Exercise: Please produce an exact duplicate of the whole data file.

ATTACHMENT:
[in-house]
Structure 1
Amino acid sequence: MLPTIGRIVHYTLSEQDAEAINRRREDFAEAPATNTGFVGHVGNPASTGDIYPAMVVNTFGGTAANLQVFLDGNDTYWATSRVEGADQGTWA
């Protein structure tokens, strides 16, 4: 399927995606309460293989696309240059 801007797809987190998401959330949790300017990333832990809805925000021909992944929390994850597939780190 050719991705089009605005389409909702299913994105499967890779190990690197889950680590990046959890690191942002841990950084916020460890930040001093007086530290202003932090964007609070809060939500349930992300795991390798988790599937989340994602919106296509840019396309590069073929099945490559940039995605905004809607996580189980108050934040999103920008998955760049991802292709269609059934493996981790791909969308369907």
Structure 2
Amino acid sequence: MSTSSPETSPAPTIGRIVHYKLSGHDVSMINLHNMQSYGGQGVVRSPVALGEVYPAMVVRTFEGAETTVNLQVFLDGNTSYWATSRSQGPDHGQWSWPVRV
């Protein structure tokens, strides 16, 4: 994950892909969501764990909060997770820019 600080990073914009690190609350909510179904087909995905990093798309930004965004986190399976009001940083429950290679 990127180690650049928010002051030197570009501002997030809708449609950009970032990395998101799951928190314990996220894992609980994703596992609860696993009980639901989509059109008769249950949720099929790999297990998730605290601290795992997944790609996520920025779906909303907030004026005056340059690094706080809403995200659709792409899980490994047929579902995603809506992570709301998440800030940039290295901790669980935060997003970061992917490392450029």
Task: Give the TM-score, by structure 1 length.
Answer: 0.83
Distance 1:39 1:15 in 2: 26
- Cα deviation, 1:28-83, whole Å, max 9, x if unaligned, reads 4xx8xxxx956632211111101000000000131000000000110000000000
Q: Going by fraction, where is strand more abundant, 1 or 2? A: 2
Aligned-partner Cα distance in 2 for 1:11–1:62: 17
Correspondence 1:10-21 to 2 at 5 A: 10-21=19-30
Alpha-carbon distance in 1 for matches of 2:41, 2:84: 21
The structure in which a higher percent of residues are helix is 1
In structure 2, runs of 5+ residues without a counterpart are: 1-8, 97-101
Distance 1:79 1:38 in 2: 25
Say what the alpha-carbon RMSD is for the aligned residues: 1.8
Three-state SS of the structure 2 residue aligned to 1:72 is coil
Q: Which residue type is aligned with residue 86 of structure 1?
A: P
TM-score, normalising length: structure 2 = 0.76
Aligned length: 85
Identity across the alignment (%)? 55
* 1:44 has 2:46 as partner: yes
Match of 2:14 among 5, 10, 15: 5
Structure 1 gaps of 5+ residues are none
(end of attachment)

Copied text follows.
[in-house]
Structure 1
Amino acid sequence: MLPTIGRIVHYTLSEQDAEAINRRREDFAEAPATNTGFVGHVGNPASTGDIYPAMVVNTFGGTAANLQVFLDGNDTYWATSRVEGADQGTWA
């Protein structure tokens, strides 16, 4: 399927995606309460293989696309240059 801007797809987190998401959330949790300017990333832990809805925000021909992944929390994850597939780190 050719991705089009605005389409909702299913994105499967890779190990690197889950680590990046959890690191942002841990950084916020460890930040001093007086530290202003932090964007609070809060939500349930992300795991390798988790599937989340994602919106296509840019396309590069073929099945490559940039995605905004809607996580189980108050934040999103920008998955760049991802292709269609059934493996981790791909969308369907």
Structure 2
Amino acid sequence: MSTSSPETSPAPTIGRIVHYKLSGHDVSMINLHNMQSYGGQGVVRSPVALGEVYPAMVVRTFEGAETTVNLQVFLDGNTSYWATSRSQGPDHGQWSWPVRV
């Protein structure tokens, strides 16, 4: 994950892909969501764990909060997770820019 600080990073914009690190609350909510179904087909995905990093798309930004965004986190399976009001940083429950290679 990127180690650049928010002051030197570009501002997030809708449609950009970032990395998101799951928190314990996220894992609980994703596992609860696993009980639901989509059109008769249950949720099929790999297990998730605290601290795992997944790609996520920025779906909303907030004026005056340059690094706080809403995200659709792409899980490994047929579902995603809506992570709301998440800030940039290295901790669980935060997003970061992917490392450029």
Task: Give the TM-score, by structure 1 length.
Answer: 0.83
Distance 1:39 1:15 in 2: 26
- Cα deviation, 1:28-83, whole Å, max 9, x if unaligned, reads 4xx8xxxx956632211111101000000000131000000000110000000000
Q: Going by fraction, where is strand more abundant, 1 or 2? A: 2
Aligned-partner Cα distance in 2 for 1:11–1:62: 17
Correspondence 1:10-21 to 2 at 5 A: 10-21=19-30
Alpha-carbon distance in 1 for matches of 2:41, 2:84: 21
The structure in which a higher percent of residues are helix is 1
In structure 2, runs of 5+ residues without a counterpart are: 1-8, 97-101
Distance 1:79 1:38 in 2: 25
Say what the alpha-carbon RMSD is for the aligned residues: 1.8
Three-state SS of the structure 2 residue aligned to 1:72 is coil
Q: Which residue type is aligned with residue 86 of structure 1?
A: P
TM-score, normalising length: structure 2 = 0.76
Aligned length: 85
Identity across the alignment (%)? 55
* 1:44 has 2:46 as partner: yes
Match of 2:14 among 5, 10, 15: 5
Structure 1 gaps of 5+ residues are none